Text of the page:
With a broad new class of workers becoming eligible for overtime, many small businesses are scrambling to figure out how to factor the regulations into their bottom line, according to The New York Times.
The Obama Administration on Wednesday announced the final details of new labor rules to increase the salary cutoff for overtime pay. Although the plan was outlined a year ago and employers have several months to comply, many say the change will be a challenge to small businesses that pride themselves on a scrappy, entrepreneurial culture.
Currently, salaried employees who earn more than $23,660 a year and meet other criteria are not entitled by law to overtime pay, which is 1.5 times an equivalent hourly wage after an employee works more than 40 hours a week.
The threshold is scheduled to roughly double, to $47,476, on Dec. 1. That means millions of workers who were salaried will have to have their hours tracked to see if they qualify for overtime pay.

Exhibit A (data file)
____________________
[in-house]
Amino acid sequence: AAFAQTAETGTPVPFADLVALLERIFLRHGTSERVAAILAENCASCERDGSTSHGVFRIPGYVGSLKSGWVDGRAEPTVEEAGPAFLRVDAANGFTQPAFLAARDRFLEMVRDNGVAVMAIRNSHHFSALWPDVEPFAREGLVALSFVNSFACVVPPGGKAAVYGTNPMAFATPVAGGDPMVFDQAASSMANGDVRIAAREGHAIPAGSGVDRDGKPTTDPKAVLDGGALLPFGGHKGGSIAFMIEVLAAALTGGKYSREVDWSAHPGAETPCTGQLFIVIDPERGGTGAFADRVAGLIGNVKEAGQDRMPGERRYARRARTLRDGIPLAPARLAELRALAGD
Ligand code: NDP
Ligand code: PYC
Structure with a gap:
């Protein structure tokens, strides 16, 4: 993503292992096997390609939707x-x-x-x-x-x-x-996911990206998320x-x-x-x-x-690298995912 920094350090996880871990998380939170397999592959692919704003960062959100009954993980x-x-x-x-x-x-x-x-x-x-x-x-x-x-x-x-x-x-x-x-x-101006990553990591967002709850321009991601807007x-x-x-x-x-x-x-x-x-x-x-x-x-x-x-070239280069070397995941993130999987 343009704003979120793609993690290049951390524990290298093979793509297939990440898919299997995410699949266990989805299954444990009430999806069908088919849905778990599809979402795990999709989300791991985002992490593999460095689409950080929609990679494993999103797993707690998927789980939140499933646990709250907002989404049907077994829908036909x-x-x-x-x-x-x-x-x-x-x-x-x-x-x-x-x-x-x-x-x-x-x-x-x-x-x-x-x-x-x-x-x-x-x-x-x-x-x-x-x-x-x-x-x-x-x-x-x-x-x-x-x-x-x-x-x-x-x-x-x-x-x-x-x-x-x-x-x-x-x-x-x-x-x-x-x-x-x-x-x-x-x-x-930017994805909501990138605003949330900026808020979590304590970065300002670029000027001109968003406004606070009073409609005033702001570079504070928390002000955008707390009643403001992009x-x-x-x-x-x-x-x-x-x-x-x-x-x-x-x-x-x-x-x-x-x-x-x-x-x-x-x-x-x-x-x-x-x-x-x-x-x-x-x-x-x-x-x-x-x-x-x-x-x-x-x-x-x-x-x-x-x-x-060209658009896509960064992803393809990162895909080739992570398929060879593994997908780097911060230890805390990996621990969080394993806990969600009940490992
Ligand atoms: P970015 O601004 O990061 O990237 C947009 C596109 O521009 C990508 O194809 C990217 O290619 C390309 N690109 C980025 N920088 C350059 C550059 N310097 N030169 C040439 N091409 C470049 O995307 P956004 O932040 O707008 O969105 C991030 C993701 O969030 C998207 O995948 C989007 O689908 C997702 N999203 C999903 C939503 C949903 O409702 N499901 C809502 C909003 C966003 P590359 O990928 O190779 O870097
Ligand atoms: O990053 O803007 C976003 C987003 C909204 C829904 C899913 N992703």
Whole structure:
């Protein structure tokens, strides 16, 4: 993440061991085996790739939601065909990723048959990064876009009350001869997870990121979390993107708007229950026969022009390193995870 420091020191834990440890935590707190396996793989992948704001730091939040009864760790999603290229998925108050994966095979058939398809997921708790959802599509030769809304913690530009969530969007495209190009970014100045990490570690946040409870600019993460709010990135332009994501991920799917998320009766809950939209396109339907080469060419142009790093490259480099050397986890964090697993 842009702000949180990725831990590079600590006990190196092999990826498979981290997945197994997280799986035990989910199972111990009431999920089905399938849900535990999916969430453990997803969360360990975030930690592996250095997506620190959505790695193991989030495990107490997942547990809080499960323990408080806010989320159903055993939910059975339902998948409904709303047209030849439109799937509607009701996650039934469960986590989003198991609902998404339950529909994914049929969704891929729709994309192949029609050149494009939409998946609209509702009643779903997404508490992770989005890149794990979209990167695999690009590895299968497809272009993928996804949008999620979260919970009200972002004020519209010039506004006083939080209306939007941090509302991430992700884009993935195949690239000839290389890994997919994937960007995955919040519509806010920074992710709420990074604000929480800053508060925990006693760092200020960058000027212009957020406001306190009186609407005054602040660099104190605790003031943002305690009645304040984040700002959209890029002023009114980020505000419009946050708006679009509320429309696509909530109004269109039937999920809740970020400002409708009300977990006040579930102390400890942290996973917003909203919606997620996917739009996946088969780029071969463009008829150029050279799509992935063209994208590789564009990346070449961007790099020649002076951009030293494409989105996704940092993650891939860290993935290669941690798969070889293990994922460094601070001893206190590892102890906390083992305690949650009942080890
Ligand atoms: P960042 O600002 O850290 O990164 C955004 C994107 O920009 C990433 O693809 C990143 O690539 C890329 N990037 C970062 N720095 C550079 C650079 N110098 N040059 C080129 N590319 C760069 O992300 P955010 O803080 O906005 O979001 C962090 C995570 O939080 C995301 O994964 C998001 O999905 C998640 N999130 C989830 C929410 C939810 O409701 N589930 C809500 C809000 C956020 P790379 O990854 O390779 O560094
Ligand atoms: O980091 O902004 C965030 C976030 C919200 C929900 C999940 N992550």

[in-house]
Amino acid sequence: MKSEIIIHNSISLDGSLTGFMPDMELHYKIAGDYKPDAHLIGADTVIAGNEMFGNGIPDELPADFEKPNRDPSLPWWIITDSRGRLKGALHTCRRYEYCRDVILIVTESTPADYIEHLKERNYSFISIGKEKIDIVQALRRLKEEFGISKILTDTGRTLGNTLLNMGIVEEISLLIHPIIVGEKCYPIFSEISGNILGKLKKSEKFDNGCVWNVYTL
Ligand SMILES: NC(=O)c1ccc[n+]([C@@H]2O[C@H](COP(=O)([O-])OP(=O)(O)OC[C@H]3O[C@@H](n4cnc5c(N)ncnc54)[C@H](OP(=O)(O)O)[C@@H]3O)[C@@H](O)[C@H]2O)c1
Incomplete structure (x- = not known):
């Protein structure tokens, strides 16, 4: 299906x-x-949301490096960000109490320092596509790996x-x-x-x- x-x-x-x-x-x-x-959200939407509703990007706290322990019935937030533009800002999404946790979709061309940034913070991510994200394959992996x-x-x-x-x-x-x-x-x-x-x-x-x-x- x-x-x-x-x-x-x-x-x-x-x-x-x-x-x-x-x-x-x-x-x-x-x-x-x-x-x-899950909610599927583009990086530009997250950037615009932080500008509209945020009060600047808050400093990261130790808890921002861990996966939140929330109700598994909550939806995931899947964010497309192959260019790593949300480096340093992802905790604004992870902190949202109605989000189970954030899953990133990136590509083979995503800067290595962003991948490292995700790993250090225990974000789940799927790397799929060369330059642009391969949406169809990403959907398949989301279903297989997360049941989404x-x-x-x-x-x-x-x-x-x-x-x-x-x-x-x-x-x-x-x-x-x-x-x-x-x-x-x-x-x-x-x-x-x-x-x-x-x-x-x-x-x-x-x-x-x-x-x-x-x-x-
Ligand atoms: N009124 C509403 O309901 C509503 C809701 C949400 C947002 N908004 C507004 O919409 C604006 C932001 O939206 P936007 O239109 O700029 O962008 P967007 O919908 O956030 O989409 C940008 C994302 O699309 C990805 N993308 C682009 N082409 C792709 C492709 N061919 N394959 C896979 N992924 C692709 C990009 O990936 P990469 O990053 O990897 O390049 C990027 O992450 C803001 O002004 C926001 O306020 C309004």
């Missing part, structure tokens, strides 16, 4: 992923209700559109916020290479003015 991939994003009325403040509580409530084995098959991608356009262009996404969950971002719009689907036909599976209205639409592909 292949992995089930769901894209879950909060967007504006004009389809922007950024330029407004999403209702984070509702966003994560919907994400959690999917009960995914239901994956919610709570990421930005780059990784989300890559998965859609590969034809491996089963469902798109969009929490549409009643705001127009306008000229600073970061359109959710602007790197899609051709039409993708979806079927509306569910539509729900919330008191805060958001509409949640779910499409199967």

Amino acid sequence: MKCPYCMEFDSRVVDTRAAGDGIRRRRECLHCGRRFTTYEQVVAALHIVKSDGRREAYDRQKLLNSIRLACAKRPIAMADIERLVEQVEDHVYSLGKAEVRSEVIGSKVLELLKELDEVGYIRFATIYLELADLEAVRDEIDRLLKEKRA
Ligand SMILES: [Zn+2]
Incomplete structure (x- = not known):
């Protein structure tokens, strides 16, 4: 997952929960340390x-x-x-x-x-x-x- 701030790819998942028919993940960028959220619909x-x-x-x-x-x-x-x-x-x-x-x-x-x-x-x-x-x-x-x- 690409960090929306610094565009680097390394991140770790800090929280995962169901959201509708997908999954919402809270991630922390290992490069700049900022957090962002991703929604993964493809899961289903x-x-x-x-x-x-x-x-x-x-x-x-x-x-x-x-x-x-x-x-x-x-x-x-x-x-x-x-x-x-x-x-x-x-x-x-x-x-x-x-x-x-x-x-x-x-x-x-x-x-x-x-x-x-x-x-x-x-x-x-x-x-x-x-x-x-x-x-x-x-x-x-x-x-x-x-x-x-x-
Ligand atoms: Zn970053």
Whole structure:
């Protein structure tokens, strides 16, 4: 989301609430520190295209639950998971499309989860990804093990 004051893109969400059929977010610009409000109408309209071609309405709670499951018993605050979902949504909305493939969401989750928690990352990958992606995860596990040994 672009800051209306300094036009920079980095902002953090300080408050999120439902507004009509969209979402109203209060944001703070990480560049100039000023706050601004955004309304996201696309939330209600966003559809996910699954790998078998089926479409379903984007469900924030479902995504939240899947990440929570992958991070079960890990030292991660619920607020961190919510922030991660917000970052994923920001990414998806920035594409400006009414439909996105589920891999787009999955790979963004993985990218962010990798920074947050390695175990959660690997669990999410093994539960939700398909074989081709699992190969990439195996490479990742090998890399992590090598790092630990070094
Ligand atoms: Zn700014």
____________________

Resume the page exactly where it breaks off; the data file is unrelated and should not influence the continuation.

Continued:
The Food Marketing Institute and the National Grocers Association expressed disappointment Wednesday with new overtime rules, according to Supermarket News.
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Editor's Insight: This rule will have a major impact on the food industry. Supermarkets, restaurants, processors, distributors and other businesses will incur major cost increases that they will have to pass on to their customers.
The overtime rule adds to an already serious problem the food and beverage industry has been struggling with for some time.
Food and beverage companies need to consider if the higher cost of labor improves the case for investing in automation. U.S. businesses are facing the same choices that their European counterparts faced decades ago. Which is why European companies are more automated.
Labor cost is only one issue that automation addresses in the supply chain. Another factor is the rise of e-commerce, which requires more complex and labor intensive order management and fulfillment. 5-19-16 By Elliot Maras